Director 3D > Surfaces, Shaders and Textures

Basic creation and control of surfaces/textures

The number of shaders that a model is the same as the number of meshes in the model. Each mesh therefore only supports ONE shader. The best example of this is a box (if you cannot see a "water" type texture on the box below, right click over it and select "Restart" - this is a problem caused if the movie starts while the texture is still loading - more advanced "loading" Lingo scripts can deal with this):

By default a box/cube has 6 meshes – one for each side. Each of these meshes has a shader, which means that each side of the box can be treated as a different material (e.g. a side made from metal, a side made from wood, a side made from glass, etc).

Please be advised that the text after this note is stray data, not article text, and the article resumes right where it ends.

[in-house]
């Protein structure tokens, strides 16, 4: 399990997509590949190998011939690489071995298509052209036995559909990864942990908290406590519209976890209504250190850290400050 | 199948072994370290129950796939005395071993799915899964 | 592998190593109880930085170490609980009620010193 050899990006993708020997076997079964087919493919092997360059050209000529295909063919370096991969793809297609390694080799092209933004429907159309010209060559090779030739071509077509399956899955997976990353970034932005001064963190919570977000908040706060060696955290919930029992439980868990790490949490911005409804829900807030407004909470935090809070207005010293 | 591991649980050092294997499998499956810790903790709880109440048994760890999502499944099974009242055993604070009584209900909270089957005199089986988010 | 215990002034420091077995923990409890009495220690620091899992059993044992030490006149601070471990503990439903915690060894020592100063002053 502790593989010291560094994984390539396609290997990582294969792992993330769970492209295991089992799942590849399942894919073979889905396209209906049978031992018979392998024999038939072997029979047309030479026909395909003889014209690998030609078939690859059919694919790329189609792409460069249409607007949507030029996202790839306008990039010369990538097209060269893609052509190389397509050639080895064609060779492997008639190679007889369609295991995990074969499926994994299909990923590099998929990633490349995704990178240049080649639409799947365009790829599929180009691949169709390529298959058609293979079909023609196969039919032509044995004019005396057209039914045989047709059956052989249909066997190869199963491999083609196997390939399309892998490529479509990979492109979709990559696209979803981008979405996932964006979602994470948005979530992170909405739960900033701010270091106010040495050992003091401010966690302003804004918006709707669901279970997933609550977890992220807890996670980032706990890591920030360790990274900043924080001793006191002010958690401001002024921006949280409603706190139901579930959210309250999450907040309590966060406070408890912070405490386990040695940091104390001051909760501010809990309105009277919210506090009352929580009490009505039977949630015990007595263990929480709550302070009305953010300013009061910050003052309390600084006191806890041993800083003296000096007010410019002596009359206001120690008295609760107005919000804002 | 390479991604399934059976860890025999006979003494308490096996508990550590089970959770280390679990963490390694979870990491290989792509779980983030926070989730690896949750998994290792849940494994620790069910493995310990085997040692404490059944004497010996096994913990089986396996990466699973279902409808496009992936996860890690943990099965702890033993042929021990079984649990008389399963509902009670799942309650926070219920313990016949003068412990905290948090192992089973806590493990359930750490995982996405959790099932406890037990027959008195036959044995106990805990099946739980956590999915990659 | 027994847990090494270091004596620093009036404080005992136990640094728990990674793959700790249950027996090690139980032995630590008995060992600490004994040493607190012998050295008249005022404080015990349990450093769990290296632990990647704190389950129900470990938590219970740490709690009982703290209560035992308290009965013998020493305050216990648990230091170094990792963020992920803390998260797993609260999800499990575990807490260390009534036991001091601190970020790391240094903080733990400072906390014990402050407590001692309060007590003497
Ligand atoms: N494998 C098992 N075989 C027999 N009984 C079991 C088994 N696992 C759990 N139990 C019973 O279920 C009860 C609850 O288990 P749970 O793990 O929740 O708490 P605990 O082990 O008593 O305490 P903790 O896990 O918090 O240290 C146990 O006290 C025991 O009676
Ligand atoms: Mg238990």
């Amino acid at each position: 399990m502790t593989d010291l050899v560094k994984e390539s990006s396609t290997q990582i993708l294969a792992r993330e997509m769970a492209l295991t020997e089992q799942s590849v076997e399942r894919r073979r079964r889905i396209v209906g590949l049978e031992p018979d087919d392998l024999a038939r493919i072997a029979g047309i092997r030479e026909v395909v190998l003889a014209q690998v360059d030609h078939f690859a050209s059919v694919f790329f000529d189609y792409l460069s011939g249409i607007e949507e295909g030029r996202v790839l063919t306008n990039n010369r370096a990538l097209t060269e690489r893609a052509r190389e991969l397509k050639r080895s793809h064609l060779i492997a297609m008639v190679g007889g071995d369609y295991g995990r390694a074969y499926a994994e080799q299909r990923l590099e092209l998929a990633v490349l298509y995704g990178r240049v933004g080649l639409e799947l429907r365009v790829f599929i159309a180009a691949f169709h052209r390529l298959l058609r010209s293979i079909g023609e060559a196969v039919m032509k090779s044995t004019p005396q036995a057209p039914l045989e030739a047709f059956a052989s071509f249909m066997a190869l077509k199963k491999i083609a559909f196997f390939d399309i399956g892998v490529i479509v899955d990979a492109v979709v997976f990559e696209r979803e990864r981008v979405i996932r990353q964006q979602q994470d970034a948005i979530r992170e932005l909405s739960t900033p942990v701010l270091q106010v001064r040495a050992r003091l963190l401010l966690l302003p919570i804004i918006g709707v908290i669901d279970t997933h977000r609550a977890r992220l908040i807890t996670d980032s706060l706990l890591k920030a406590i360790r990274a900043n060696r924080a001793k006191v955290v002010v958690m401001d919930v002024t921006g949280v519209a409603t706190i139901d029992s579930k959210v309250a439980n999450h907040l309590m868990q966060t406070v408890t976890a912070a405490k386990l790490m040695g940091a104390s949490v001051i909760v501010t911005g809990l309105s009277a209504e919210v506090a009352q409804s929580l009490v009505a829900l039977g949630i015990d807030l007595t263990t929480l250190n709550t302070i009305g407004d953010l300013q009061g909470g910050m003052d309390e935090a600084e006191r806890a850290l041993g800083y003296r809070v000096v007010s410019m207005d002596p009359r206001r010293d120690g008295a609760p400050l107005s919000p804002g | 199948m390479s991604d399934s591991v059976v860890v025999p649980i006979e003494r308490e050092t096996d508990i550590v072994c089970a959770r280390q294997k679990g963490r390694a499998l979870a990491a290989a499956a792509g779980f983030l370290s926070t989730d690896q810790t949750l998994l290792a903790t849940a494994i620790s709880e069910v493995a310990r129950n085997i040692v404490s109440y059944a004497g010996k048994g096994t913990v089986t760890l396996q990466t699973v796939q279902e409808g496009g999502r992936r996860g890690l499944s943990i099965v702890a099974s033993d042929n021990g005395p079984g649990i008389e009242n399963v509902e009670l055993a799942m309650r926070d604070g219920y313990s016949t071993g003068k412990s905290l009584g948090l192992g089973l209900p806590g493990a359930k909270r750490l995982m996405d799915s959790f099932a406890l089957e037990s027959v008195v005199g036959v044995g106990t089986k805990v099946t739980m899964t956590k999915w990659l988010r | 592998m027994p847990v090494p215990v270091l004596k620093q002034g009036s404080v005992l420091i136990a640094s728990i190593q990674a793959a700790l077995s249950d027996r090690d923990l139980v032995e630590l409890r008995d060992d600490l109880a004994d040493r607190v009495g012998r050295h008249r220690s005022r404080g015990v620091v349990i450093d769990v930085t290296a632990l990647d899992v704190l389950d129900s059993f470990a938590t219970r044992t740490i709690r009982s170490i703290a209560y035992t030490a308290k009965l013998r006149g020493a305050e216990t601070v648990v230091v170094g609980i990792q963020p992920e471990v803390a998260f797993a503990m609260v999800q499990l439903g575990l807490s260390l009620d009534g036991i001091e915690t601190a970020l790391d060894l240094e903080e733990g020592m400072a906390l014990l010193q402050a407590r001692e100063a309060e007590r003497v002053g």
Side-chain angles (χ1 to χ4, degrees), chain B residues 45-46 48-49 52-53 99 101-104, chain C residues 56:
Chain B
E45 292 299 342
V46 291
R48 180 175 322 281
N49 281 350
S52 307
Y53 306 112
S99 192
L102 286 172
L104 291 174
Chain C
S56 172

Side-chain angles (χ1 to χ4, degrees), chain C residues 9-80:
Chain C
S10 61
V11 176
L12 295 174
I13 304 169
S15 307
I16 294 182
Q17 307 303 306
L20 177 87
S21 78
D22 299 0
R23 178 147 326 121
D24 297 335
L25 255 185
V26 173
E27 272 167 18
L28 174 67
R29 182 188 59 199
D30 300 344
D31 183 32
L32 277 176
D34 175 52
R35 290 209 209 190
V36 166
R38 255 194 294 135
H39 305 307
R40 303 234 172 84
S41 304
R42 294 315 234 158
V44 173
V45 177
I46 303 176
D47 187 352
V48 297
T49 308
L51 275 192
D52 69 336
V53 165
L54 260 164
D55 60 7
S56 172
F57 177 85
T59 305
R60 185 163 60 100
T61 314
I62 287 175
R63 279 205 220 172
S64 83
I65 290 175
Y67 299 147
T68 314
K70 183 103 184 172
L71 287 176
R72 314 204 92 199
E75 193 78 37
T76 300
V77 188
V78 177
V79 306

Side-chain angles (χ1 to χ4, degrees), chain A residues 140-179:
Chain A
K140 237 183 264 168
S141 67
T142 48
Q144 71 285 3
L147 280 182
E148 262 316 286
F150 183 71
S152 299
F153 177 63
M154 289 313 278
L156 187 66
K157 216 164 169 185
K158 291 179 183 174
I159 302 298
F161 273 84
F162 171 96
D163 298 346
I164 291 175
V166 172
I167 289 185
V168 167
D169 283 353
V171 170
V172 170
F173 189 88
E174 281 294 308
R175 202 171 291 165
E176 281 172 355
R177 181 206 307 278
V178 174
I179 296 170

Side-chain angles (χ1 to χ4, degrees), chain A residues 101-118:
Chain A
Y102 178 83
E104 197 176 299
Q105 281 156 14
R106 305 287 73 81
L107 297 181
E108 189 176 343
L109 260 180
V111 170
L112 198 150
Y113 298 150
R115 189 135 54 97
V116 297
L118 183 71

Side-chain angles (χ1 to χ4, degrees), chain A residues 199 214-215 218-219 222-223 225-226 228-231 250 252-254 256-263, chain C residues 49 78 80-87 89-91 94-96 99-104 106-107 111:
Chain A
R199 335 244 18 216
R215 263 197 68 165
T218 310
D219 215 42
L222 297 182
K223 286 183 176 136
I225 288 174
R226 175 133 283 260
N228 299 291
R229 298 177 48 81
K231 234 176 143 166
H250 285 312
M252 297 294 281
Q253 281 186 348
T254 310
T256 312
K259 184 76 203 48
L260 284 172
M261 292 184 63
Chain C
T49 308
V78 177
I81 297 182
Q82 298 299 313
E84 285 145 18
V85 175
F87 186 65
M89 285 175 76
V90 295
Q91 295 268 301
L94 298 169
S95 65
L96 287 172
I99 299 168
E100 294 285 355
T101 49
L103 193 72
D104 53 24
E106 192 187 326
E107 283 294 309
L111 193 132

First you need to either create a new texture object or make a reference to an existing texture object.

The Lingo syntax for creating a new texture object is as follows:

newTxtr = member("<which3dMember").newTexture("nameOfTexture", #fromcastmember, member("whichBitmap"))

Here is the custom handler routine we use in the example above - called "Texturize":

This "texturize" custom handler provides a concise method of creating a new texture, shader and applies these to a given model in a given scene.

To set up a shader called "water", we call a texture image from the (image) castmember - water, and apply it to the cube:

texturize("test", "cube", "water", "watershader", rgb(50,25,4), rgb(150,50,10), rgb(255,255,255))

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July 2003